I get it. Deep down, you do want to g̶e̶t̶ ̶r̶i̶c̶h̶ ̶q̶u̶i̶c̶k be productive. You want to go the extra mile. You want to be more than the average. Most importantly, you want to own that cool Tesla.
But the problem is, it’s easier said than done.
It’s your body. It tires out.
Your mind, on the other hand, caves into stress.
Sometimes it looks (suspiciously) like they are either designed to or conspiring to keep you dead broke. Doesn’t it?
Sure, you can try to power it through. But for how long? And at what expense? Make no mistake. It gets far more paradoxical than you think.
The Dilemma: To Take a Break or Not To Take a Break
When I started my first job, I was taught to hustle through most of my problems. That included both mental and physical fatigue. Later along the road, I learned better than that.
Sure, if you are in a job that doesn’t require much brainwork, you can get by fine pushing yourself to the limit.
But when you are on your own, you can’t do that.
Here you have to make the right calls at the right times, solve problems even before they appear, and learn from your failures on the go.
Nobody can maintain that level of high output if they are constantly on the brink of burning out. And guess what? I’m not even bringing up the health hazards here. Well, I guess I just did. My bad.
So here’s what the dilemma looks like:
▪ When you feel like you can’t take a break is when you need a break the most.
▪ But if you start taking breaks whenever you feel stressed: you won’t get anything done.
So no, you can’t just power it through. Nor can you leave your desk every fifteen minutes. Then how do you get around it?
Here’s how I do it.
And it works far quicker than meditating, having a sip of coffee, or taking a cigarette break.
Use Your Ear: Part I (Relax Yourself Under a Minute)
It’s so easy and effective it’s unreal. Try it out yourself, and you will feel the difference right away.
All you have to do is touch yourself — in the ear.
Okay. I know. It sounds silly. But studies have proven ear massage to be an effective stress reliever for pre-op and post-op hospital patients. How so?
Our ears have all sorts of nerve endings. So soothing your ear can easily comfort any part of your body.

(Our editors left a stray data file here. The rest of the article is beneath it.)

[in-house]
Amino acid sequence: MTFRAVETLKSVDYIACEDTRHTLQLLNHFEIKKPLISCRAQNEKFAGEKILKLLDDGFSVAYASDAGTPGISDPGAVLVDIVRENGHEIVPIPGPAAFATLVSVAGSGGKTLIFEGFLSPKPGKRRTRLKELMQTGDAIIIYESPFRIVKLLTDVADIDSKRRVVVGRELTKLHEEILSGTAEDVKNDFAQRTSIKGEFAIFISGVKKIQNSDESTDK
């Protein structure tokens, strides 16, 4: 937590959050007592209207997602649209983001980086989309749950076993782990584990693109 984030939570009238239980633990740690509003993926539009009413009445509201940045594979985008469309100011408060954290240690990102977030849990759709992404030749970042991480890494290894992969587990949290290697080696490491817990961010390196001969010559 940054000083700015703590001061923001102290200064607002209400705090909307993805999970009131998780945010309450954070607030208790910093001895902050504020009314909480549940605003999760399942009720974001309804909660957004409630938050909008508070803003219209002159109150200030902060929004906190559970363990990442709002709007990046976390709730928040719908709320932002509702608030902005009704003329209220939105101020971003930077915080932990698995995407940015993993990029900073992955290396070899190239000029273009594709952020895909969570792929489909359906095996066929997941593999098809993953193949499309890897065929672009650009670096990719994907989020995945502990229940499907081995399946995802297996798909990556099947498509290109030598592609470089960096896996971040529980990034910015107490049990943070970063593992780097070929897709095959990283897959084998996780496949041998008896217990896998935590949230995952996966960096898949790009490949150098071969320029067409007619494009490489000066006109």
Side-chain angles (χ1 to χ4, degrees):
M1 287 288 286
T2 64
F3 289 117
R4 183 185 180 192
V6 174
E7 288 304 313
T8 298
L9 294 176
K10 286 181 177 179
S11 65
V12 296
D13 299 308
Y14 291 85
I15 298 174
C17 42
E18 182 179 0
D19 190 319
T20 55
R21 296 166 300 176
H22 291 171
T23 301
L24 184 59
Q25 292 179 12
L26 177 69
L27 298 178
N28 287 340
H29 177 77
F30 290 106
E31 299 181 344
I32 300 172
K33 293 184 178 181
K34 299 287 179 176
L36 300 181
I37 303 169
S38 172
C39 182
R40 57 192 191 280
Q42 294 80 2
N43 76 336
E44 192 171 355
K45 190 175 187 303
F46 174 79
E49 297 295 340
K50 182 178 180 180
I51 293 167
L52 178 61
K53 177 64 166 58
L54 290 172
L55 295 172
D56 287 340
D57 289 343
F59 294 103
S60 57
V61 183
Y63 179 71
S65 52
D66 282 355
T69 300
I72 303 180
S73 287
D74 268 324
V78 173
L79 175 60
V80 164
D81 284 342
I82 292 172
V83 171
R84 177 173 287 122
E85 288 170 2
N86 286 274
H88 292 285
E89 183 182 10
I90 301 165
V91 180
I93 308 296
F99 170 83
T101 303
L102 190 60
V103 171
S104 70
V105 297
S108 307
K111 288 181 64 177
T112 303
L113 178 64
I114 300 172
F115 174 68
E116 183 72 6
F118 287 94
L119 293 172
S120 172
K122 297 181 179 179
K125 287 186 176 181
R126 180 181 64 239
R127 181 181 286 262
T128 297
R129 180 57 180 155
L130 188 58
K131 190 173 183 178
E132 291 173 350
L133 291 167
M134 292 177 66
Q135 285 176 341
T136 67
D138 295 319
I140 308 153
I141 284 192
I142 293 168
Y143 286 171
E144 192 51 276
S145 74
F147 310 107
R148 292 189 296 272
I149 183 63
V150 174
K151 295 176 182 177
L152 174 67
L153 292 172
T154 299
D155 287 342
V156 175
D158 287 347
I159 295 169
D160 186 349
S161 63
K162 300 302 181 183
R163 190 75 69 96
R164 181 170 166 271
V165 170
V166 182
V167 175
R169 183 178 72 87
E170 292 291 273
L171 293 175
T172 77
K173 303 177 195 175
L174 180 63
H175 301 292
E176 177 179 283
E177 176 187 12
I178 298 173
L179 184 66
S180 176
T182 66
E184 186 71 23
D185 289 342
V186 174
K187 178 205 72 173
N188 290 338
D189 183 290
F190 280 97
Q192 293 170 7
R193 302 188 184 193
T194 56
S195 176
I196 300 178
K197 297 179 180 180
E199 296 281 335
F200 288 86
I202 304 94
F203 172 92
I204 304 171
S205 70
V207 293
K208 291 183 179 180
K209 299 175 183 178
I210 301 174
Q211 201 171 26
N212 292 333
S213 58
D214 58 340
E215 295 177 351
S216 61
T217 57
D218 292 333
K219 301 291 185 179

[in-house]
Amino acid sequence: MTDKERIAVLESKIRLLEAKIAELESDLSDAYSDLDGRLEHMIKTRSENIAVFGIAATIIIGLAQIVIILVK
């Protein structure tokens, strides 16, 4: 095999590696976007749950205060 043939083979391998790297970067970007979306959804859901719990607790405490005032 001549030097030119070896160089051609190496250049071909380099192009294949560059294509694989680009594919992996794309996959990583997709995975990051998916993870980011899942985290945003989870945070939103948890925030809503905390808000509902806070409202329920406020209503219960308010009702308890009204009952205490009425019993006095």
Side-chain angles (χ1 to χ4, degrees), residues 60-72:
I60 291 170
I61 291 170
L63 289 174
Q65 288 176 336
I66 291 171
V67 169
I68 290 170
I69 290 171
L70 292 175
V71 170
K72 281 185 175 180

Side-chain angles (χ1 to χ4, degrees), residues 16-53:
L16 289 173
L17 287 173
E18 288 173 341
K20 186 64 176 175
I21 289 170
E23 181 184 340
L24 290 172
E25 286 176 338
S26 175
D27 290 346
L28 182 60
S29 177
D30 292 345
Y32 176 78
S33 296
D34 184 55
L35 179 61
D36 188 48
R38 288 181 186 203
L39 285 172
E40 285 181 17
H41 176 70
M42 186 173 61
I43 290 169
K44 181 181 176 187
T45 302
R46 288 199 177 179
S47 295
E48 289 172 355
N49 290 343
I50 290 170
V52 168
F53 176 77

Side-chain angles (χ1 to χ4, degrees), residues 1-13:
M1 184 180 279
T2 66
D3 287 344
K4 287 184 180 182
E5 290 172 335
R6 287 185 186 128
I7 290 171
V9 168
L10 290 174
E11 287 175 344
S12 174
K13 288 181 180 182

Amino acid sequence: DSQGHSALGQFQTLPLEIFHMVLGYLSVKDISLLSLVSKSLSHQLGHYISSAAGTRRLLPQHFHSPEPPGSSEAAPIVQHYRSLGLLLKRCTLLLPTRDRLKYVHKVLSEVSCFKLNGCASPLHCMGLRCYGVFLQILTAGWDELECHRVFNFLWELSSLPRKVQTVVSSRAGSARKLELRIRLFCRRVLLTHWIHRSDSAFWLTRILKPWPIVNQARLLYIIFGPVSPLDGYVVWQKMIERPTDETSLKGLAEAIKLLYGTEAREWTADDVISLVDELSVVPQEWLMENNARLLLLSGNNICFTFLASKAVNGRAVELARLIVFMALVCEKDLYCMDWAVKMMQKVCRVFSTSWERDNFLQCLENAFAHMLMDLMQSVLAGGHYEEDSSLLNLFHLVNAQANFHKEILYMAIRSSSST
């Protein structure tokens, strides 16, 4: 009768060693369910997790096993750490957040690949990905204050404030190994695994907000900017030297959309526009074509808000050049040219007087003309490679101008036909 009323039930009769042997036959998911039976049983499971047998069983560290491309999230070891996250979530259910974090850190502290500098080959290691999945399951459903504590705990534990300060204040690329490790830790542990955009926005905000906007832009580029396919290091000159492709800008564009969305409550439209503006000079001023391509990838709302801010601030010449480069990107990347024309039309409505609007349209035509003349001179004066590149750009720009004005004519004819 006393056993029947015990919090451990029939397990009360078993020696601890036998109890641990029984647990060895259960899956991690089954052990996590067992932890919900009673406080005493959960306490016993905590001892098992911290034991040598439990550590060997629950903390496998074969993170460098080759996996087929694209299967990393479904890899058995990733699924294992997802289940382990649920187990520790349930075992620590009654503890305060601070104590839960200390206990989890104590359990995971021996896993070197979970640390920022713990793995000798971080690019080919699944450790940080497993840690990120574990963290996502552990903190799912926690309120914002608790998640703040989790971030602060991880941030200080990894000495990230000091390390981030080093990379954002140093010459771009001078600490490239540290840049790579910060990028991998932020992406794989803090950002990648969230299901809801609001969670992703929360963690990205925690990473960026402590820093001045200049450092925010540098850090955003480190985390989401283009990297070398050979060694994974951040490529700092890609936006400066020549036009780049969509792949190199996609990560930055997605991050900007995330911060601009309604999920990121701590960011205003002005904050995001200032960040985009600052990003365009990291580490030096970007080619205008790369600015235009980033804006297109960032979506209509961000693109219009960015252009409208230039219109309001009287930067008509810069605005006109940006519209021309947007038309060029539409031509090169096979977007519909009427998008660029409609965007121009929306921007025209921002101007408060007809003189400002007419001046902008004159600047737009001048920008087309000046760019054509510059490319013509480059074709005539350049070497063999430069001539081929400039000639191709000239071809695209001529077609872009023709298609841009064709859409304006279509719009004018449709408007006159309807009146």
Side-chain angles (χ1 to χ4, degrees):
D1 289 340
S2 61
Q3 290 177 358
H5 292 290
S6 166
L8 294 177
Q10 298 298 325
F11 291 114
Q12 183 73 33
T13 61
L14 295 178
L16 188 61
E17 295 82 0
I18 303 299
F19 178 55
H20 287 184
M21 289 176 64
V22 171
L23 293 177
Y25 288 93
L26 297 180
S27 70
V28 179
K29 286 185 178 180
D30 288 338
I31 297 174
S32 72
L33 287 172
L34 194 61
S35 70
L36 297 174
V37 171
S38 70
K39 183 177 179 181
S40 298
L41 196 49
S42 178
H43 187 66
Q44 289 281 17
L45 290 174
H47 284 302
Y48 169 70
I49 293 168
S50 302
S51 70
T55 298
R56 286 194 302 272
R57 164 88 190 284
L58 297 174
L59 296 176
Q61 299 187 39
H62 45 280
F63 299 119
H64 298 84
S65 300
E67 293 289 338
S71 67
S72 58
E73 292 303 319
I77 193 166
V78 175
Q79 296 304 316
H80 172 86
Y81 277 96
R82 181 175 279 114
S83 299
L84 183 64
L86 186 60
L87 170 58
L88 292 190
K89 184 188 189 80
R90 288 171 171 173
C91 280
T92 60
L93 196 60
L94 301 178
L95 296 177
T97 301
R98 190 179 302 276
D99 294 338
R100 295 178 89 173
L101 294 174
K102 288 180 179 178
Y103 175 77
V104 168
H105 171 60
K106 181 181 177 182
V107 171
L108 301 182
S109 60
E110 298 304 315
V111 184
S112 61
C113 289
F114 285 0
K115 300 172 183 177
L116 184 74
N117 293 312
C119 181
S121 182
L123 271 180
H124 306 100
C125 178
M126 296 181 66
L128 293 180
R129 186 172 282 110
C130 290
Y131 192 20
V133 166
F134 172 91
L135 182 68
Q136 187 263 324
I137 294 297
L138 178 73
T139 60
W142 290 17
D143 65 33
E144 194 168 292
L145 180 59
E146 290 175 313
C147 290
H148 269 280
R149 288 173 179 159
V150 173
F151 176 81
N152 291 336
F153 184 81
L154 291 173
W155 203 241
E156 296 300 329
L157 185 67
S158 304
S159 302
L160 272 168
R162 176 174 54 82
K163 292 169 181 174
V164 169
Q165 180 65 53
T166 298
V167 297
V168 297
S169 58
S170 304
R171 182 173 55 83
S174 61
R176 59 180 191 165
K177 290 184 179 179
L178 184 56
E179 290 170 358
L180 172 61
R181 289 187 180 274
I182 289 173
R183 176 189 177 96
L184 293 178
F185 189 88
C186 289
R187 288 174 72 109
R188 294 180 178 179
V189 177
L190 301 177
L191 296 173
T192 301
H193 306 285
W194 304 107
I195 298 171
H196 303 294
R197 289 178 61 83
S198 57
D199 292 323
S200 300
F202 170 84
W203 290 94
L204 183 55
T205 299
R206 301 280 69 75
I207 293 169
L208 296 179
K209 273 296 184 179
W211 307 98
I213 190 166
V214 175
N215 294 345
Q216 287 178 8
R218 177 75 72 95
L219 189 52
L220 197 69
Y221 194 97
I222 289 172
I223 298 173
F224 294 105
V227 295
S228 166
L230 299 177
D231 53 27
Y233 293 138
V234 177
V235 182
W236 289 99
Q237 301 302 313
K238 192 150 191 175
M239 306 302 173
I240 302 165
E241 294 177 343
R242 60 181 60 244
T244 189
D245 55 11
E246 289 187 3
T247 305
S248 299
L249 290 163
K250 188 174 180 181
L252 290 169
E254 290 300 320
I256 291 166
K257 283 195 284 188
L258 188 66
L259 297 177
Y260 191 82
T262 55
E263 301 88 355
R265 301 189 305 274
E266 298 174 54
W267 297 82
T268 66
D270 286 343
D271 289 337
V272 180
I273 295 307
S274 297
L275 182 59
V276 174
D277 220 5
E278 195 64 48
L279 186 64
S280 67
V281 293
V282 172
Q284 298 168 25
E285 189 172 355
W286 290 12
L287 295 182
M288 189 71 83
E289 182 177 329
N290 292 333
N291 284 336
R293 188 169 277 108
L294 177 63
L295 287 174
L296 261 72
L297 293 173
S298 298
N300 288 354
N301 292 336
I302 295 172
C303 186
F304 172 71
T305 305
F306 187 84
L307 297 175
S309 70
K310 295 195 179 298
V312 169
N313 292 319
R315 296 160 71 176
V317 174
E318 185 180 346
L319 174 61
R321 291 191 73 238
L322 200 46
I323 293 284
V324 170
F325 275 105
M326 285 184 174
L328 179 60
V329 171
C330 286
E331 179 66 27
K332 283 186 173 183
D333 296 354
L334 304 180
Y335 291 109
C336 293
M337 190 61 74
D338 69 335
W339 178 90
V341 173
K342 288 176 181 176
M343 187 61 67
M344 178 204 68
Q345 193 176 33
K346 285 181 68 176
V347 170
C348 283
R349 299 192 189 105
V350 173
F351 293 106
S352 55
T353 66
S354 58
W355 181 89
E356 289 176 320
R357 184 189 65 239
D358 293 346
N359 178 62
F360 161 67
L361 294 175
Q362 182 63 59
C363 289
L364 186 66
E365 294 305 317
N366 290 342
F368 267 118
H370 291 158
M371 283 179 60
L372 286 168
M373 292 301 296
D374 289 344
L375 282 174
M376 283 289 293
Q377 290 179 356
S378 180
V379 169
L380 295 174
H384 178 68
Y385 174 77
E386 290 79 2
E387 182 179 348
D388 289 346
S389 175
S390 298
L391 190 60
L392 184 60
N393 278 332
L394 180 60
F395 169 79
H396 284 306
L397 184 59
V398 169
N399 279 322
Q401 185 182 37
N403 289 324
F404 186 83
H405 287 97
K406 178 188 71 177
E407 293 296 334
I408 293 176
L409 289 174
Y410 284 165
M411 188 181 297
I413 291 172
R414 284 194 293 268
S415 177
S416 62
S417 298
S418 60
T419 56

And when you know the right pressure points in and around your ears, you can almost command your body and mind into relaxation.
Here are three unbelievably simple ear massage techniques that help me destress under one minute:
1. Rub your way in:
Start at the top edge of your outer ear. Gently press it between your thumb and pointer. Then, massage your way down to where it connects to your head.
Here’s how it benefits you:
▪ By doing this little exercise, you are covering the pressure points from the ear apex to the ear gate.
▪ Not only does it feel good, but it also helps you with migraine and tension headaches.
▪ It stimulates the nerve endings and increases your blood flow to the head, making you more energetic and alert at the moment.
2. Love your earlobes:
This one is my favorite. And there’s no strict pattern you will need to follow. You can massage your earlobes in a circular motion, pull them, or pinch and press.
When you caress your earlobes, your body instantly produces Endorphin, the feel-good hormone that helps in relieving pain.
3. Stroke the back
Here’s something about the rear of your ear. It isn’t as touched as any other part of your face. That’s what makes it all the more sensitive to touch.
That’s why, like your earlobes, the spot behind your ear can be a great stress reliever.
How to go about it? Simple.
Gently stroking the spot in upward and downward motion will do the trick.
And if you can excuse yourself from the desk for a minute or two, I have found washing my back of the ears with cold water works wonder when things are specially heated.
Even though these massage techniques alone can calm you down under immense pressure, there are more than one ways I make use of my ears here.
Use Your Ear: Part II (Get 30% More Relaxed)
National Trust, in association with research agency Walnut Unlimited, got 600 people to listen to
➊ woodland sounds
➋ guided meditation
➌ and absolute silence
for 60 seconds as a means to combat stress and anxiety. What was the outcome? The participants reported feeling 30% more relaxed. Plus, their stress and anxiety levels died down by 25 & 20%, respectively.
It’s not just a study. I find listening to the woodland sound especially helpful as
✔ I can keep it playing in the background even when I am working
✔ It shields my workflow from meaningless outside noise
✔ And it keeps me in a generally good mood, helping me finish my assignments before the deadlines.
It is likely to work the same for you as the human brain associates woodland sounds with tranquility, space, and beauty.
So when you play such sounds, your mind will automatically pick on the environmental cues and respond with calmness and positivity.
On the surface, the methods I laid out here might not sound that impressive or super cool. But the best thing about these tricks is that I don’t have to convince you of their effectiveness.
You can just test them right away and let the result speak for itself.
However, if you are not sleeping well, these short-term quick fixes won’t work for you very long. Don’t worry! If you are having issues falling asleep, here’s something that might help.